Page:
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Inspectors want time; Bush stays his course

The United States and Britain work on a resolution authorizing force; a key inspector report comes today.

Compiled from Times wires
© St. Petersburg Times
published February 14, 2003

WASHINGTON -- On the eve of a crucial U.N. session on weapons inspections in Iraq, President Bush said Thursday he was optimistic that the United Nations would show the "backbone and courage" to authorize the use of force to disarm Baghdad.

With much of the nation jittery from terrorism warnings in advance of a possible war, Secretary of State Colin Powell urged the country to brace for "a fairly long-term commitment" in Iraq if military action is ordered.

If war comes, "I don't expect the country to be devastated," said Powell, though he conceded uncertainty in how fighting there might unfold. "I would hope that the conflict would be short," Powell said in testimony before the House Budget Committee. "We are looking at a full range of options, from a walk in the sun to destruction of the oil fields."

The comments set up a critical appearance today before the U.N. Security Council by chief weapons inspectors Hans Blix and Mohamed ElBaradei. They are scheduled to provide the council with what is likely to be its final progress report on weapons inspections before the 15-member body considers whether to authorize the use of military force against the Iraqi regime.

ElBaradei, for his part, said inspections should continue. He and Blix will tell the council that Iraq is developing new missiles systems, has imported parts that could be used for a nuclear program and still isn't cooperating 100 percent, U.N. officials said Thursday.

While the reports by the inspectors are expected to welcome recent Iraqi efforts at cooperation, the moves fall short of the complete and genuine turnaround Blix said he was hoping for when he left for meetings with Iraqi officials last week.

"We're still in midcourse," ElBaradei, the head of the International Atomic Energy Agency, told the Associated Press in an interview Thursday on a flight from Vienna to New York. "But we are moving forward, and I see no reason for us to bring the inspection process to a halt."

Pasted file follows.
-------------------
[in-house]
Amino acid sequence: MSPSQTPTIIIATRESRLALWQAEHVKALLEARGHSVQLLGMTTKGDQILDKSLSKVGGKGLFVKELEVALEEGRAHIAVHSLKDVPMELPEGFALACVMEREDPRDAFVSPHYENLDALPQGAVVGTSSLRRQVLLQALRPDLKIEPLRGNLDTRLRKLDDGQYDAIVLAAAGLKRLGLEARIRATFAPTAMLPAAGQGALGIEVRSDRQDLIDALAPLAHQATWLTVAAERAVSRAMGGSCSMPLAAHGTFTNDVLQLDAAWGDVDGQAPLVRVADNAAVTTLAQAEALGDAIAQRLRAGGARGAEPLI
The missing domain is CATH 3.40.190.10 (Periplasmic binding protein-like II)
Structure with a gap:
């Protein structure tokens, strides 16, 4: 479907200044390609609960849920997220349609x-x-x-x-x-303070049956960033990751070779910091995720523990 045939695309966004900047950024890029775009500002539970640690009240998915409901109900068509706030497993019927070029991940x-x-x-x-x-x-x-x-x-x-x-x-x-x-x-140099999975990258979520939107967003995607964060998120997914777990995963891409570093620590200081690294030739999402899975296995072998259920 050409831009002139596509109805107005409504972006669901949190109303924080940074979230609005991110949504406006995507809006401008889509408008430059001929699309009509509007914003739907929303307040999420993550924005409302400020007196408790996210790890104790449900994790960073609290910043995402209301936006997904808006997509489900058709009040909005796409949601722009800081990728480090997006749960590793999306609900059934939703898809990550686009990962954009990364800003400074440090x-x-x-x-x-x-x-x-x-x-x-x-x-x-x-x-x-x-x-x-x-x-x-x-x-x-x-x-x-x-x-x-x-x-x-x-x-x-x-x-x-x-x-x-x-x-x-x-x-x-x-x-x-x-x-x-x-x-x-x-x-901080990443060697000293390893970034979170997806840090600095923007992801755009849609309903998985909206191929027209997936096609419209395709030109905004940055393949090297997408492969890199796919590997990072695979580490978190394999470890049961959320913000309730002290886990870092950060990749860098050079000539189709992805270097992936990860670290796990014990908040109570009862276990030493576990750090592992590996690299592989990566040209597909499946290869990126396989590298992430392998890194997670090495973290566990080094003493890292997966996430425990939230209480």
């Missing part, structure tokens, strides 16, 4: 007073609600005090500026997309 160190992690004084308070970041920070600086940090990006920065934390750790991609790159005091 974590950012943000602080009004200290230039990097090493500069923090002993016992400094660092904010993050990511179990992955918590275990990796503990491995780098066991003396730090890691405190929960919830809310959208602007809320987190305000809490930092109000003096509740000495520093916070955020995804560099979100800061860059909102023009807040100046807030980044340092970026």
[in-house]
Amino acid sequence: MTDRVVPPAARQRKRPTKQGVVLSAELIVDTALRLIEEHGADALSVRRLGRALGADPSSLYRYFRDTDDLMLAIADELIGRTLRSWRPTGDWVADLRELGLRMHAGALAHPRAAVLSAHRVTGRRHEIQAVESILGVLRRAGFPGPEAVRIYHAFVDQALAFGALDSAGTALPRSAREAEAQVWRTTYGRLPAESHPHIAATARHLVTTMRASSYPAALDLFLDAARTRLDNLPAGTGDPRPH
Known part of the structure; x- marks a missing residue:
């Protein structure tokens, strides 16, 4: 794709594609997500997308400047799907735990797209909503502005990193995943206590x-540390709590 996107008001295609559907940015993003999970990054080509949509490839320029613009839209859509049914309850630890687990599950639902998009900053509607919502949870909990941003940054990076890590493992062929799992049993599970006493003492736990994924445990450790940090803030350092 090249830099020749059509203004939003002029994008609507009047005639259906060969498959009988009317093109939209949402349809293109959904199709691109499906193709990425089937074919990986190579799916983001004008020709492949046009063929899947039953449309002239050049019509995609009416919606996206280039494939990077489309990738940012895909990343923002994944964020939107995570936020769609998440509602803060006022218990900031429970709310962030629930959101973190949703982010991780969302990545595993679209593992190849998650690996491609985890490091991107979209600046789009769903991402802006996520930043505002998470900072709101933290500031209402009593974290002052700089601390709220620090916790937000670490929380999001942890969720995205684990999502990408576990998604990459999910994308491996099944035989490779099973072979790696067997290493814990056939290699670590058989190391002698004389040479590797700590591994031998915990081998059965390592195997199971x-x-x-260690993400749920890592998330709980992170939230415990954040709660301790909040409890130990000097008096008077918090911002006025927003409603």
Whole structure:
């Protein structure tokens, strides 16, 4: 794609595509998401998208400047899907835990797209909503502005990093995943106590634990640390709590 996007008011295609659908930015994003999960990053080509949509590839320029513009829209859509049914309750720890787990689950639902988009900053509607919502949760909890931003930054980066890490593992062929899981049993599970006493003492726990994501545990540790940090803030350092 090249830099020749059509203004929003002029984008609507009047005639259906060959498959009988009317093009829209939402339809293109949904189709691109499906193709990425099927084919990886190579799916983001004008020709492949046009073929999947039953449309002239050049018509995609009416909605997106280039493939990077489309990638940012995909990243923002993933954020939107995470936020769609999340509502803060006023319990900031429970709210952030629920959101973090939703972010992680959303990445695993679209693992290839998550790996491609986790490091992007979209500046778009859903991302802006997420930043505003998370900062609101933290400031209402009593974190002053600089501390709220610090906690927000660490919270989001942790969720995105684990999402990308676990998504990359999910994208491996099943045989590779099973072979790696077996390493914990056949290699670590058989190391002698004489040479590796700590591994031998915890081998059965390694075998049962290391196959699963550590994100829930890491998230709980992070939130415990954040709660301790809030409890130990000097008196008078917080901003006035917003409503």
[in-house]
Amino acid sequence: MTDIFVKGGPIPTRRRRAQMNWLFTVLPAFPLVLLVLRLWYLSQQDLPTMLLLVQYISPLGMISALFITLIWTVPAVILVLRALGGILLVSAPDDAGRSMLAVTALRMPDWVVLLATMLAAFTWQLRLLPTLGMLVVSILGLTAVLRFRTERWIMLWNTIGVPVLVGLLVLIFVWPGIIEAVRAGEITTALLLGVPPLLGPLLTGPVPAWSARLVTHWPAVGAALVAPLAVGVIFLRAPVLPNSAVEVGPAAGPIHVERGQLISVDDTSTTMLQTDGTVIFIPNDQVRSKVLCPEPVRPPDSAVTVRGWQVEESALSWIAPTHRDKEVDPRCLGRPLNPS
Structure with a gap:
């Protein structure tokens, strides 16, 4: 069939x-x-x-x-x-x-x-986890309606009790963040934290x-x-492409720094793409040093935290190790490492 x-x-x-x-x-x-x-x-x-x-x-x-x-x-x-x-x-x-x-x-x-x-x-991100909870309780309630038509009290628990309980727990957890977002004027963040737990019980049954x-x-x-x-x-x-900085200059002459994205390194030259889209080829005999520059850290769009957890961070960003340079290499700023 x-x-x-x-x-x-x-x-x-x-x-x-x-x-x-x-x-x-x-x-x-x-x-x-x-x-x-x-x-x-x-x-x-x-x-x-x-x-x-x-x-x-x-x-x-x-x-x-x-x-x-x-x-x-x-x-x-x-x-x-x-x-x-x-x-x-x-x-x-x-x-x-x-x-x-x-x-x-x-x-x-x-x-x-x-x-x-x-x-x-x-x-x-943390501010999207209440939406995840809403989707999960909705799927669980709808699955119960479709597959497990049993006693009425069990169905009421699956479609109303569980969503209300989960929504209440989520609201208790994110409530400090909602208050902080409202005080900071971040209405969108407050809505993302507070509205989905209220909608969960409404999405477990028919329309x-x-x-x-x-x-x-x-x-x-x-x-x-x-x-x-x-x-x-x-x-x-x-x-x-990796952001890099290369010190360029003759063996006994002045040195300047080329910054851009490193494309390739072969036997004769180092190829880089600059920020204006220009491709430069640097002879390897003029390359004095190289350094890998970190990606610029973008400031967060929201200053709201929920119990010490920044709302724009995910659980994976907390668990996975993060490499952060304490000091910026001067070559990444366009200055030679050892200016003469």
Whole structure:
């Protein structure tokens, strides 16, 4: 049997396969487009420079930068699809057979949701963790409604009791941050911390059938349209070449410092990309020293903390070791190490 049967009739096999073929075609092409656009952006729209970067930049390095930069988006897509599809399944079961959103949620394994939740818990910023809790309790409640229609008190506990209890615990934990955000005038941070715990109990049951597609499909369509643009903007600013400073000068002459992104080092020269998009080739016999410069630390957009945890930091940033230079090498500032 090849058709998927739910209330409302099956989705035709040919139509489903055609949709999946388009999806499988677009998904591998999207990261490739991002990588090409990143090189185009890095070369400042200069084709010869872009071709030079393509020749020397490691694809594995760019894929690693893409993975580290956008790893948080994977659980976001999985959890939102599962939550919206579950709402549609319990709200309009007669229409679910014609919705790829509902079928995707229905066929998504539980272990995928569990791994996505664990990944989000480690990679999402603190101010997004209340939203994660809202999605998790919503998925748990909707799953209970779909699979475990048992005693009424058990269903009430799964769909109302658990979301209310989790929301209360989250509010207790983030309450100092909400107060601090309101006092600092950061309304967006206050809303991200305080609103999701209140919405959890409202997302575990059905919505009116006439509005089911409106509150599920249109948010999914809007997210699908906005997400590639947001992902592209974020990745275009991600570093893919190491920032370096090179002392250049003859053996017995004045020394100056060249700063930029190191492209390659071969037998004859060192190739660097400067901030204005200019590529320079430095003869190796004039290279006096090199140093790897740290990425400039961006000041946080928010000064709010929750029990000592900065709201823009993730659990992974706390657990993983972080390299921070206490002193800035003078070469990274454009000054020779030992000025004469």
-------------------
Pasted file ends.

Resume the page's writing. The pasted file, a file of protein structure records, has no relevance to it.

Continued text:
ElBaradei also said he did not consider war a foregone conclusion provided "we see some progress on the part of Iraq" in revealing any hidden weapons of mass destruction.

In his report, ElBaradei will raise remaining questions about Iraq's nuclear program including possible imports of uranium, smuggled aluminum tubing, and other components that could be used to revive Iraq's nuclear program.

The United States and Britain have been working on a draft resolution authorizing force, though several Security Council members -- including veto-wielding nations France, Russia and China -- continue to voice reservations about the use of force.

Bush expressed hope that diplomacy could narrow those gaps.

"I believe, when it's all said and done, free nations will not allow the United Nations to fade into history as an ineffective, irrelevant debating society," Bush told U.S. forces at the Mayport Naval Station in Jacksonville. "I'm optimistic that free nations will show backbone and courage in the face of true threats to peace and freedom."

Reiterating his intention to deal forcefully with Iraq with or without U.N. support, Bush said the gravest threat Americans face is the risk that chemical, biological or nuclear weapons will fall into the hands of terrorists willing to use them to strike against the United States or its partners.